This is a telephoto assisted image across the bog taken from the boardwalk. By the tall tree on the right is the footbridge across the Afon Teifi. The river, which meanders from right to left through the bog, can be seen beyond the dead birch tree, about three hundred metres from the camera.
The excellent board-walk allows access well into the bog with many good places to stop and observe the wildlife and vegetation of this site. Cors Caron is a raised bog system covering more than 800 acres (325 hectares). It is 6km in length and provides a habitat for a wide range of wildlife and plants. The bog itself was formed 12,000 years ago when the last of the Ice Age glaciers melted away. A large shallow lake was left, which very gradually filled with sediments and vegetation, forming peat and later, acid peat.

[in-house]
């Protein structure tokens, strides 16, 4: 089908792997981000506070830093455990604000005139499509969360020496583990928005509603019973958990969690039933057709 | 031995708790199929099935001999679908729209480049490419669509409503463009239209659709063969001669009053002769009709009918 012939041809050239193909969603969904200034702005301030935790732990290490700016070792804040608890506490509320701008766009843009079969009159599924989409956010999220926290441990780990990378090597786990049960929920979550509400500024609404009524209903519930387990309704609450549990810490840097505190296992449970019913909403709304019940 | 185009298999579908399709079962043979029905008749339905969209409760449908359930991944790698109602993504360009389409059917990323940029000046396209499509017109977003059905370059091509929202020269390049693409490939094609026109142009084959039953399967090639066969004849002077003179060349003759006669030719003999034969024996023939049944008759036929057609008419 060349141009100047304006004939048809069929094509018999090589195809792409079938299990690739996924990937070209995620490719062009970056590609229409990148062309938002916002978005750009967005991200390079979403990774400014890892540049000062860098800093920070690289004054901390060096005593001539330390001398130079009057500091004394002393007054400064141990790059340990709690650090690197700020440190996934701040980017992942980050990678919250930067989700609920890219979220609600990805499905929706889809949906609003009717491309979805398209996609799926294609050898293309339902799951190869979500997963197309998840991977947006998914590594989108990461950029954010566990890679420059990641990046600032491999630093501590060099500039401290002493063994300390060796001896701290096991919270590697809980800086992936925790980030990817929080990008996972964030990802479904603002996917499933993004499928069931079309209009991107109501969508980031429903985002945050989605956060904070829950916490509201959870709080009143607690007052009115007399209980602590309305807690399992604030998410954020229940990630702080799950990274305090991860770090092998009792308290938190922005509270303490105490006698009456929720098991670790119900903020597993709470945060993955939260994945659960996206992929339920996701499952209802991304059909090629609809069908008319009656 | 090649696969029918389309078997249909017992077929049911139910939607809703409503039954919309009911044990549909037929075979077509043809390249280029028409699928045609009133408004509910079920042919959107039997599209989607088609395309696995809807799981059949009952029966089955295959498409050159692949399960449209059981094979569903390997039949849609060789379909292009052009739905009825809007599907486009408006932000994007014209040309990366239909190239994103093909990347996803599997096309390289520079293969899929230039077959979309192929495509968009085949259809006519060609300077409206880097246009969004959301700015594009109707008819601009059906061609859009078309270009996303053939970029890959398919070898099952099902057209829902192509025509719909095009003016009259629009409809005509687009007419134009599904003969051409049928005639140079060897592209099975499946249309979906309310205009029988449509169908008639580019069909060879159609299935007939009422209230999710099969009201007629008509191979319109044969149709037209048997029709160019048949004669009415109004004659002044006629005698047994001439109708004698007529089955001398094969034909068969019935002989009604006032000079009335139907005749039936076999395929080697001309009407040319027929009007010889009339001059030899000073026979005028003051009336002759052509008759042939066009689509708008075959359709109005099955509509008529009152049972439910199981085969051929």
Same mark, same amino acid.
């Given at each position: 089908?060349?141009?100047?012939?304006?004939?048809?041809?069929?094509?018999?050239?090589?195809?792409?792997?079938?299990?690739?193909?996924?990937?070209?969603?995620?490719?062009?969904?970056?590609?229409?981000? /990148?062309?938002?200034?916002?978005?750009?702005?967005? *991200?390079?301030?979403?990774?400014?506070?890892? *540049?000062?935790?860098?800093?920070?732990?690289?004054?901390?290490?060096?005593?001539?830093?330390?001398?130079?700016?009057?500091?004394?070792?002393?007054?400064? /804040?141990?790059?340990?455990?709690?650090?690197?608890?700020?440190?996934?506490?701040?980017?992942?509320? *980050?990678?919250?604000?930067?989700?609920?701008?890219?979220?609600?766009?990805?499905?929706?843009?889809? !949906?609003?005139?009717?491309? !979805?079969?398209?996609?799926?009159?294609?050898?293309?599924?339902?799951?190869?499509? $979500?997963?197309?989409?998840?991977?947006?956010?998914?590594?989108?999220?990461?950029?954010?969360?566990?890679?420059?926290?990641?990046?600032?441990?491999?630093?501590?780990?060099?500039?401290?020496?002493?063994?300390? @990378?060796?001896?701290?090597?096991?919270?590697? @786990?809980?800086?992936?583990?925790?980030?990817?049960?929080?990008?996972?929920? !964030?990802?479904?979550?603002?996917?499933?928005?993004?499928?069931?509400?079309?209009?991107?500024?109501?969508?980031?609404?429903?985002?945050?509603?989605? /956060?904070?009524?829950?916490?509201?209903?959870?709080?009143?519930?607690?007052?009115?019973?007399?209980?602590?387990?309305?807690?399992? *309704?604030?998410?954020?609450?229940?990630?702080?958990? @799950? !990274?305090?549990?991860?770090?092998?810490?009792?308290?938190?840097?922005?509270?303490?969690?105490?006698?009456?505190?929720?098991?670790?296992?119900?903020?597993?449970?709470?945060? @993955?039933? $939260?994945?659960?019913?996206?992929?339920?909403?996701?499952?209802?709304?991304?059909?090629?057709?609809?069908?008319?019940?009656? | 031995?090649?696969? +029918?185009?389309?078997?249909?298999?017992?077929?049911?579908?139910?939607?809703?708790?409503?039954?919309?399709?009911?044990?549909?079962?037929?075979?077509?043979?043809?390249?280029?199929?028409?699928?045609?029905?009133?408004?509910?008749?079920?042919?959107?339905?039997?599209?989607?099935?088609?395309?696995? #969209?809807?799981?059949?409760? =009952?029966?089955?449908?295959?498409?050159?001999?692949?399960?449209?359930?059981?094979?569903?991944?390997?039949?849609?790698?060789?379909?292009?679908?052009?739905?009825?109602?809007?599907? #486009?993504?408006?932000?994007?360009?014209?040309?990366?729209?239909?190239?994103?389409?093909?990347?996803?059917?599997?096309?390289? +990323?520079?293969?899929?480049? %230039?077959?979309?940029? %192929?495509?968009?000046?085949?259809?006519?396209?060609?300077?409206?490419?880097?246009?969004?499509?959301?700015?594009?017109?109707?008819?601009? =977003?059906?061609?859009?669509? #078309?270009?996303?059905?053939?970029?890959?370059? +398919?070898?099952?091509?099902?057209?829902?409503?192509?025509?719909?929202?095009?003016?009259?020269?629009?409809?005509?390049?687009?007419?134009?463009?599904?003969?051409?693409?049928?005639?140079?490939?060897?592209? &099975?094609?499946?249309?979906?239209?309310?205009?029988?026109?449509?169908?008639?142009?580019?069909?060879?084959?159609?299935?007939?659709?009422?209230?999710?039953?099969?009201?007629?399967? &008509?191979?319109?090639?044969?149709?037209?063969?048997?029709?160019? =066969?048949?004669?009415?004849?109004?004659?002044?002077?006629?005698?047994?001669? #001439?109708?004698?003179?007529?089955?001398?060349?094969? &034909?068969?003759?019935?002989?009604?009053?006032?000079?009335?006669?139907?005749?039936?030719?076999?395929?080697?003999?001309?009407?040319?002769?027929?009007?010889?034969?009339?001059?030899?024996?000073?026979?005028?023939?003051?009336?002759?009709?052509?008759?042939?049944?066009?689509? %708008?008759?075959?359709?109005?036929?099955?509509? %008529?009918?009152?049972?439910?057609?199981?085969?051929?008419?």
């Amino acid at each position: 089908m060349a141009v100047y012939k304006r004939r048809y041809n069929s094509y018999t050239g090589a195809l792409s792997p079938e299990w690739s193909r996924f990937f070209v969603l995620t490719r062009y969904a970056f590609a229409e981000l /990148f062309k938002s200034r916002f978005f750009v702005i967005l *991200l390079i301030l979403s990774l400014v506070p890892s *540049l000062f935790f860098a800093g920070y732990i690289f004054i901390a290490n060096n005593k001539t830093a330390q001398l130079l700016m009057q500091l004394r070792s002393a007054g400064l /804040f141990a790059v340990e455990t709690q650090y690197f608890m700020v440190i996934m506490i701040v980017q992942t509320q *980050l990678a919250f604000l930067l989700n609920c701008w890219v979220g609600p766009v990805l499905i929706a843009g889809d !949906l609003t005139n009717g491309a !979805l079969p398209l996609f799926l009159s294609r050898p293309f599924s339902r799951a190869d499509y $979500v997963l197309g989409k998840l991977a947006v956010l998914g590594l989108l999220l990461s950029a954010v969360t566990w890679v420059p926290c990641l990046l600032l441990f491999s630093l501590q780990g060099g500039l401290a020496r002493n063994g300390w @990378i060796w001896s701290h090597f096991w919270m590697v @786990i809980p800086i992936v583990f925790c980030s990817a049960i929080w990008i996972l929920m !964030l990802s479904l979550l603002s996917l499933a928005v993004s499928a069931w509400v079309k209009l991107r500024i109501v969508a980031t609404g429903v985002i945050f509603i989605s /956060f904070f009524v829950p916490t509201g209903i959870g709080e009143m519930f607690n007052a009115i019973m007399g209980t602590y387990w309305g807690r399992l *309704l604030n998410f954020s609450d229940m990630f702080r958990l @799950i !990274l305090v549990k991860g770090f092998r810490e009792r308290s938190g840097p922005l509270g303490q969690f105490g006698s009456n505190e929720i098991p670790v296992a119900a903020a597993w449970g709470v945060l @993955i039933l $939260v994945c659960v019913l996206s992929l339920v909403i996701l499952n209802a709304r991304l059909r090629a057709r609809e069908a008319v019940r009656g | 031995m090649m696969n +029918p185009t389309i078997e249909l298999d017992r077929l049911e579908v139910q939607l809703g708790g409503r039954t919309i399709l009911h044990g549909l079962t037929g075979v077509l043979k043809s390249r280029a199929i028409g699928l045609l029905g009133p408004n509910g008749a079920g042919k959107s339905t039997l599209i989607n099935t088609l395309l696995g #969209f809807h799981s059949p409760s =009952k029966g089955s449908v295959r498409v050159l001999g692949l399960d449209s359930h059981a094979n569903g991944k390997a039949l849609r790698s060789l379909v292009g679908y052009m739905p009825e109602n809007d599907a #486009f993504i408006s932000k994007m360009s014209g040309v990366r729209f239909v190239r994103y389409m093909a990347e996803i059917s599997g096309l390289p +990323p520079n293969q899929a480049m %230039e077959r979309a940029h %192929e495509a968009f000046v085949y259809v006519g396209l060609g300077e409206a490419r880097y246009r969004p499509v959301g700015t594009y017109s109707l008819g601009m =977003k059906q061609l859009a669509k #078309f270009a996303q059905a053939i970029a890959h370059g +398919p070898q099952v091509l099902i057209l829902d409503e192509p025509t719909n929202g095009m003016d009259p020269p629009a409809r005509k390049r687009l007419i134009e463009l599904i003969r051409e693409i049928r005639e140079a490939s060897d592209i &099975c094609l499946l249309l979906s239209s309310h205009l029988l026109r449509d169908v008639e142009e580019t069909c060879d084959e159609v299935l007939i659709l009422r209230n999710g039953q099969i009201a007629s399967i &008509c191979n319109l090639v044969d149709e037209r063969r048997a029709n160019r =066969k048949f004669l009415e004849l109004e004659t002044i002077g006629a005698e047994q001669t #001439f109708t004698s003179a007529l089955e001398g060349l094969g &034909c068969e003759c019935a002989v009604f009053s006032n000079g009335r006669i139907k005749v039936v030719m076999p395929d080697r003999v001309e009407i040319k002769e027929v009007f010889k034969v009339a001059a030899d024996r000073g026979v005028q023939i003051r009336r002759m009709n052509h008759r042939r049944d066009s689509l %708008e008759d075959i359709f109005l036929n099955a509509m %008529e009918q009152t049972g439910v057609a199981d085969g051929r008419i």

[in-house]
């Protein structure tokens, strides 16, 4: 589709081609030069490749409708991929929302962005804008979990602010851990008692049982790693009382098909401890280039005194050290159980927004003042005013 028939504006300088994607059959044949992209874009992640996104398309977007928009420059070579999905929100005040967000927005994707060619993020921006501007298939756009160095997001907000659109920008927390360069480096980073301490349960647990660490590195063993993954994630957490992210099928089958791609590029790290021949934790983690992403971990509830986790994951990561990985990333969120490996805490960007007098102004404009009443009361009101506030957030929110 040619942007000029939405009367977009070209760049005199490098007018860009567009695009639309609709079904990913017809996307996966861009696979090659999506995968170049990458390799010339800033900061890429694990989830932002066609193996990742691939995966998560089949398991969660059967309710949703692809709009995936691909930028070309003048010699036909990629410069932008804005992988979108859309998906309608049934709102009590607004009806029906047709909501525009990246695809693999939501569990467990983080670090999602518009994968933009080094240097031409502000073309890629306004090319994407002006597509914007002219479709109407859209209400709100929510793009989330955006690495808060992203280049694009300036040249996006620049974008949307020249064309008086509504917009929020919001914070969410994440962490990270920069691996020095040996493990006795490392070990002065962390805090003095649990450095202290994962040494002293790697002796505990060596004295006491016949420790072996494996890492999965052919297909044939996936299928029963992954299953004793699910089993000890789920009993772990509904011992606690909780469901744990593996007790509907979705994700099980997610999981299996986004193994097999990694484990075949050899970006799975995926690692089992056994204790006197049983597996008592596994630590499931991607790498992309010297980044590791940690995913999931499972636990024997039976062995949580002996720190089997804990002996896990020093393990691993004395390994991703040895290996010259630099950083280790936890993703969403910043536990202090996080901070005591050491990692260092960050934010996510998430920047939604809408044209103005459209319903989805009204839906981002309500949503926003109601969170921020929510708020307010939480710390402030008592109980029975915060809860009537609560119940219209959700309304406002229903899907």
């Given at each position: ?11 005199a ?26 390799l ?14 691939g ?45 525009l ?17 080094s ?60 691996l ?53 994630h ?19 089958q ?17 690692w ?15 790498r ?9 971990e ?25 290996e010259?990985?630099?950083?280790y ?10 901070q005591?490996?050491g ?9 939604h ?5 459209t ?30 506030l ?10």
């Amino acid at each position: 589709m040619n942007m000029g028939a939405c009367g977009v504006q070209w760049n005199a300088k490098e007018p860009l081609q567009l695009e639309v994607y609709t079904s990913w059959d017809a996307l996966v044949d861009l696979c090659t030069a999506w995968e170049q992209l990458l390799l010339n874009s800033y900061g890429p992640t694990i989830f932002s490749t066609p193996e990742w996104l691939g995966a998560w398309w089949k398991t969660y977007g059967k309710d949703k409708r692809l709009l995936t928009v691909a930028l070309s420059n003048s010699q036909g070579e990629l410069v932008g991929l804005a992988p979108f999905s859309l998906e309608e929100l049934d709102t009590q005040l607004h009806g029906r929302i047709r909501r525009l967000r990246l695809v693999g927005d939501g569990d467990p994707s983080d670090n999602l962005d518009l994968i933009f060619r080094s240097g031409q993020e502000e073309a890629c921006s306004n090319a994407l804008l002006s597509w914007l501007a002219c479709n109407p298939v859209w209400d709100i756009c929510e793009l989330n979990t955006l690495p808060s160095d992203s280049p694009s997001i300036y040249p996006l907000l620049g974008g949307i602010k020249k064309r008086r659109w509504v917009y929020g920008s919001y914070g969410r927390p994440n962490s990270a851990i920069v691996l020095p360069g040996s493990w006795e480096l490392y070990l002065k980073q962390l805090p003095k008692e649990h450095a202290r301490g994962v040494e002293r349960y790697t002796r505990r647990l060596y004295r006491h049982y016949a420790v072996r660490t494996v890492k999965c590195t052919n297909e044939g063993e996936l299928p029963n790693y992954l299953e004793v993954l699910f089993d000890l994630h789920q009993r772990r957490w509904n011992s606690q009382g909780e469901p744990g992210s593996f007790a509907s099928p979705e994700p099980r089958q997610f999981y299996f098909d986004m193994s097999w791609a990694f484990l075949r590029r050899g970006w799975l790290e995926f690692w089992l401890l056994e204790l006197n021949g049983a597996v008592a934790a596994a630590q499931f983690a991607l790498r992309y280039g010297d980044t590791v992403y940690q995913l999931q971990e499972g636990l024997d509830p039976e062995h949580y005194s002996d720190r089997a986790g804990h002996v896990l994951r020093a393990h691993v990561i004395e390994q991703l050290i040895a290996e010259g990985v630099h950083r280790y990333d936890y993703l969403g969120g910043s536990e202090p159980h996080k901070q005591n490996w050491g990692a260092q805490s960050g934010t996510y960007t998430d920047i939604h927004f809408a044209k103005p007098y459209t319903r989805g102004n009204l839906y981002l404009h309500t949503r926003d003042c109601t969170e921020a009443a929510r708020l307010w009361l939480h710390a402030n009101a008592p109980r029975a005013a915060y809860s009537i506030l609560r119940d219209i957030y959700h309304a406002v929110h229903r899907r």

For centuries, local people would go and cut this peat from the bog to burn on the hearth, resulting in shallow pools similar to these. In 1955, Cors Caron was declared a National Nature Reserve in order to preserve this increasingly scarce land form. In 1993, Cors Caron was placed on a list of wetland sites of international importance under the terms of the Ramser Convention. The bog is now managed by the Countryside Council for Wales.
There are places where birch and willow trees are becoming established, especially near where peat was formerly dug. Although such small areas of scrub are good for wildlife, the spread of such areas is controlled to prevent the wetland drying out and the land becoming woodland.
SN6862 : View of Cors Caron - Tregaron Bog
There are several good websites to see, this one being concise but informative: Link
Wikipedia is very comprehensive on the subject: Link